A new study from the University of Copenhagen found that a Nordic diet has positive health benefits, regardless of whether you lose weight or not.
The study is published in the journal Clinical Nutrition and was conducted by Lars Ove Dragsted et al.
Berries, veggies, fish, whole grains, and rapeseed oil are the main ingredients of the Nordic diet concept that, for the past decade, have been recognized as extremely healthy, tasty, and sustainable.
The diet can prevent obesity and reduce the risk of cardiovascular disease, type 2 diabetes, high blood pressure, and high cholesterol.
Until now, Nordic diet research has primarily been linked to its positive health effect following weight loss.
In the study, the team examined blood and urine samples from 200 people over the age of 50, all with elevated BMI and increased risk of diabetes and heart disease.
The participants were divided into two groups—one provided foods according to Nordic dietary recommendations and a control group on their habitual diet.
After six months of monitoring, the team found the group that had been on the Nordic diet for six months became much healthier, with lower cholesterol levels, lower overall levels of both saturated and unsaturated fat in the blood, and better regulation of glucose, compared to the control group.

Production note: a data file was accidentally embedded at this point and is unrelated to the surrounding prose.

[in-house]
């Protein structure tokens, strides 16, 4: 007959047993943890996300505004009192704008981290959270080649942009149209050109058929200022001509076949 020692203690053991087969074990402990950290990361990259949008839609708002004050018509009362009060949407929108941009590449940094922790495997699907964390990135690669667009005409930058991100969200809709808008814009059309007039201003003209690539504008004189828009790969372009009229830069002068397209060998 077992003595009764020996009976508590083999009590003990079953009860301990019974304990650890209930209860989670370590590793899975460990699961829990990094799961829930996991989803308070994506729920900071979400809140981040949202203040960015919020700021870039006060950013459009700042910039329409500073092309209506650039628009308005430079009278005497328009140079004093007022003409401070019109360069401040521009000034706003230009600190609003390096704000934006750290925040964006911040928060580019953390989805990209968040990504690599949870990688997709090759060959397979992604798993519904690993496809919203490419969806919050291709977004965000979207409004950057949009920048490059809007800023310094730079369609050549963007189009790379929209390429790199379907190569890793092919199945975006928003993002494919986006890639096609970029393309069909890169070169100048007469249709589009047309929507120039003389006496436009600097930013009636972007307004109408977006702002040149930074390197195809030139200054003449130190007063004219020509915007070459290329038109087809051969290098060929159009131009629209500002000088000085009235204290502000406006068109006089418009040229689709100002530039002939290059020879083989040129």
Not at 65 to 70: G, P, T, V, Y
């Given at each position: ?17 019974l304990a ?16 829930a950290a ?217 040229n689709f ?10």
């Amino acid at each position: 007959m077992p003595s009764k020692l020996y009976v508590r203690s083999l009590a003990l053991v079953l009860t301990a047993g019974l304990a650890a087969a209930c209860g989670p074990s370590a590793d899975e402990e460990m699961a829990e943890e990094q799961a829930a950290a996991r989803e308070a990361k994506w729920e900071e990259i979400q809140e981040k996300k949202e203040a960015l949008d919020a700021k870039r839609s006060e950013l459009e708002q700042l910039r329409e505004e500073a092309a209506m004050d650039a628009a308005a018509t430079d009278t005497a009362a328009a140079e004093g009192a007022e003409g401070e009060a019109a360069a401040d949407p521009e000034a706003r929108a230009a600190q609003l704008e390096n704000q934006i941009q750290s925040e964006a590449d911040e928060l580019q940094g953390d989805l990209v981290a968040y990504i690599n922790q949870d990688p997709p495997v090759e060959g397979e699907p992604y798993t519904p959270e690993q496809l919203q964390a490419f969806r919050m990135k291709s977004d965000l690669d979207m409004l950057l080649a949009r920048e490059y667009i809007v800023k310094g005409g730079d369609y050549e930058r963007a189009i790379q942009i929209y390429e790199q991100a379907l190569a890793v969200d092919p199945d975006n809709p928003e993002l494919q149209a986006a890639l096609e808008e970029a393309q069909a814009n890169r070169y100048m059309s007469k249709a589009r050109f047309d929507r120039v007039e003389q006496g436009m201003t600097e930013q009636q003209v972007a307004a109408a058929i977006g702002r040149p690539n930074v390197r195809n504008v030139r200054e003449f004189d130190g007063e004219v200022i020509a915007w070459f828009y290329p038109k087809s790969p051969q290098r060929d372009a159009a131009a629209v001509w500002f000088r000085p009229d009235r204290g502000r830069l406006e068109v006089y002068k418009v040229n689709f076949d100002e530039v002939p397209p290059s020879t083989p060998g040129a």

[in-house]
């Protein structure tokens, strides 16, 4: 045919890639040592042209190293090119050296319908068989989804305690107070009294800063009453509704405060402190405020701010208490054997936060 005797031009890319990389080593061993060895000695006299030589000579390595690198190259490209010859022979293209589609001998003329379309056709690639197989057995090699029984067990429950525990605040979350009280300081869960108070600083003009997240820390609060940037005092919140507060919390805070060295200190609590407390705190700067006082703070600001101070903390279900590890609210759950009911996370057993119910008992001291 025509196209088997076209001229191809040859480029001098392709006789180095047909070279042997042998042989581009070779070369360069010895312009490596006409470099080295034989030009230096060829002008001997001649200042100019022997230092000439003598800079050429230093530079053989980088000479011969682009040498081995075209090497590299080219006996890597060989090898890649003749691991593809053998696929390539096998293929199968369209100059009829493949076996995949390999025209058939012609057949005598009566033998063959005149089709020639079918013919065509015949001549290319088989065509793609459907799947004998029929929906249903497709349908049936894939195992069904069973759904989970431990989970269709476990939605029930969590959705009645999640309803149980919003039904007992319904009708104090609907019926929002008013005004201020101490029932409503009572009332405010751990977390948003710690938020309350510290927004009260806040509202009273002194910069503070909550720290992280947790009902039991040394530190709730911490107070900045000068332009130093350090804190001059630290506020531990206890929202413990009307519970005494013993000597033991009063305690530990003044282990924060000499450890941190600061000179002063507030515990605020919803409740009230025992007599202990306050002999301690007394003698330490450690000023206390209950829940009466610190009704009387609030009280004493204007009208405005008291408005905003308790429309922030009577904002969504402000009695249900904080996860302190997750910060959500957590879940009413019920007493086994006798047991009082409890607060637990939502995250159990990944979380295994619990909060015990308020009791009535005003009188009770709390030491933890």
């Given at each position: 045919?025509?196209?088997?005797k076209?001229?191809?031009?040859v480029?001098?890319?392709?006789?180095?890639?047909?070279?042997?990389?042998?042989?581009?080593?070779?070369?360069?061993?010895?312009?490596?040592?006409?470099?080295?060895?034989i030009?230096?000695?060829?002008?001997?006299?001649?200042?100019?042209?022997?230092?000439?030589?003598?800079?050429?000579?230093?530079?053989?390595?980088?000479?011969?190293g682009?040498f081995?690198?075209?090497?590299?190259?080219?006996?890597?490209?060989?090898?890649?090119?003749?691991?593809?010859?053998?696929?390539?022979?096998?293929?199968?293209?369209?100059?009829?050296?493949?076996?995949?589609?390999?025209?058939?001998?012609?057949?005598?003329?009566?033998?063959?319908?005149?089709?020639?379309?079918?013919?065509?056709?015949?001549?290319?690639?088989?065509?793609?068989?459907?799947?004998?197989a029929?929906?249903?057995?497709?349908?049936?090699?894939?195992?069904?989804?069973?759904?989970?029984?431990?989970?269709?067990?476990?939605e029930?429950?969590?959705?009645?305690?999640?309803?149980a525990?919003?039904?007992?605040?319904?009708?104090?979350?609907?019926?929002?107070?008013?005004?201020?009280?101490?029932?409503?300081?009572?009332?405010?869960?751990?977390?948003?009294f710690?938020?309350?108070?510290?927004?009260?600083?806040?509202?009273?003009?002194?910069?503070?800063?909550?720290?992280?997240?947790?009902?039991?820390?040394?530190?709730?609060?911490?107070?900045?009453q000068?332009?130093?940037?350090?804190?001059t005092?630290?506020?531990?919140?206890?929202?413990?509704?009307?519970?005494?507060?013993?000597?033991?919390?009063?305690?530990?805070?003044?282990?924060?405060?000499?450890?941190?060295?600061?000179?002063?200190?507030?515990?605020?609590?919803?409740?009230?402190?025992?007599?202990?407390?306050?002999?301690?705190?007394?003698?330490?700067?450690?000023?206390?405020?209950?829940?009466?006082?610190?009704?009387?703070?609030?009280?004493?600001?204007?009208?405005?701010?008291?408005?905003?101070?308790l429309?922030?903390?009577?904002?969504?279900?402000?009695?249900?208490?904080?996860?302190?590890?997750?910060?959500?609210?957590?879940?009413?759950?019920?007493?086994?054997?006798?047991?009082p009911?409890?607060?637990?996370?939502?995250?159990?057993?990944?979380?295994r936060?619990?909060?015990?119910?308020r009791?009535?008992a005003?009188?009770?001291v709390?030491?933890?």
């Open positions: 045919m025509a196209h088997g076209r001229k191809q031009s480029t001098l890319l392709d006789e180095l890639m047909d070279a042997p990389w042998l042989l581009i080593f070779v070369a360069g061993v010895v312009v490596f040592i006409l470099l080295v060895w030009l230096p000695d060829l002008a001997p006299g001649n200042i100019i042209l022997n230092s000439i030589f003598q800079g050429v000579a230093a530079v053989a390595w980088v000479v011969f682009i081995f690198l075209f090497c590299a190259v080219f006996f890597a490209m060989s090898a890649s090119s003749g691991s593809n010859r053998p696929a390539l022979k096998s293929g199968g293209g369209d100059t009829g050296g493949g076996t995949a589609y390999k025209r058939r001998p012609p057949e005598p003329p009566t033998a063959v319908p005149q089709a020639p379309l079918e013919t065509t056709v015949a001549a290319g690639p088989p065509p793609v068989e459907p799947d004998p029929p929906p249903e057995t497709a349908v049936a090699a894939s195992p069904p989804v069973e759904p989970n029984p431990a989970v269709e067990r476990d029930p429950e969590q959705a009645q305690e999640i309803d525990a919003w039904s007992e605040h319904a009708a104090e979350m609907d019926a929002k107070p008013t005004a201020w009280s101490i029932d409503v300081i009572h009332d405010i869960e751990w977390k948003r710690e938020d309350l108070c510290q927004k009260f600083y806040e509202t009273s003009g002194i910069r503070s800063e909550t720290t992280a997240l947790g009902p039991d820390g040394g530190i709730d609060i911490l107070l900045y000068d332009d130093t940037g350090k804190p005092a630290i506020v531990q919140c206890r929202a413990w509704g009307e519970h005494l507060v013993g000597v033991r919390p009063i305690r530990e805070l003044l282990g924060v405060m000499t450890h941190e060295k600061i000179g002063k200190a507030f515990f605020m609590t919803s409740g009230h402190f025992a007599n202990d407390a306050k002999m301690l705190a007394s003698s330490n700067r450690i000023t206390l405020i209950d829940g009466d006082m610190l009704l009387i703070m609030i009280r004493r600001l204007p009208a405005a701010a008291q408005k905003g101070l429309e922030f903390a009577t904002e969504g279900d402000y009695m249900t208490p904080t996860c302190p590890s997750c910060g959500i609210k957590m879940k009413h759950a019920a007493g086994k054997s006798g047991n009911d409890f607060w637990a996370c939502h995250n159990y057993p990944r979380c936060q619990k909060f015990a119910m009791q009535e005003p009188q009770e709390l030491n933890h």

The researchers kept the group on the Nordic diet weight stable, meaning that they asked the participants to eat more if they lost weight. Even without weight loss, the team could see an improvement in their health.
Instead of weight loss alone, the researchers point to the unique composition of fats in a Nordic diet as a possible explanation for the strong health benefits.
By analyzing the blood of participants, the team could see that those who benefited most from the dietary change had different fat-soluble substances than the control group.
These are substances that appear to be linked to unsaturated fatty acids from oils in the Nordic diet. This is a sign that Nordic dietary fats probably play the most significant role for health.
Fats in the Nordic diet come from fish, flaxseeds, sunflower, and rapeseed, among other things.
As a whole, they constitute a beneficial mix for the body, although the researchers have yet to accurately explain why these fats seem to lower both blood sugar and cholesterol levels.
The findings confirm that the absence of highly processed food and less saturated fats from animals have a very positive effect on health.
The team says the fat composition in the Nordic diet, which is higher in omega-3 and omega-6 unsaturated fats, is probably a considerable part of the explanation for the health effects in the Nordic diet.
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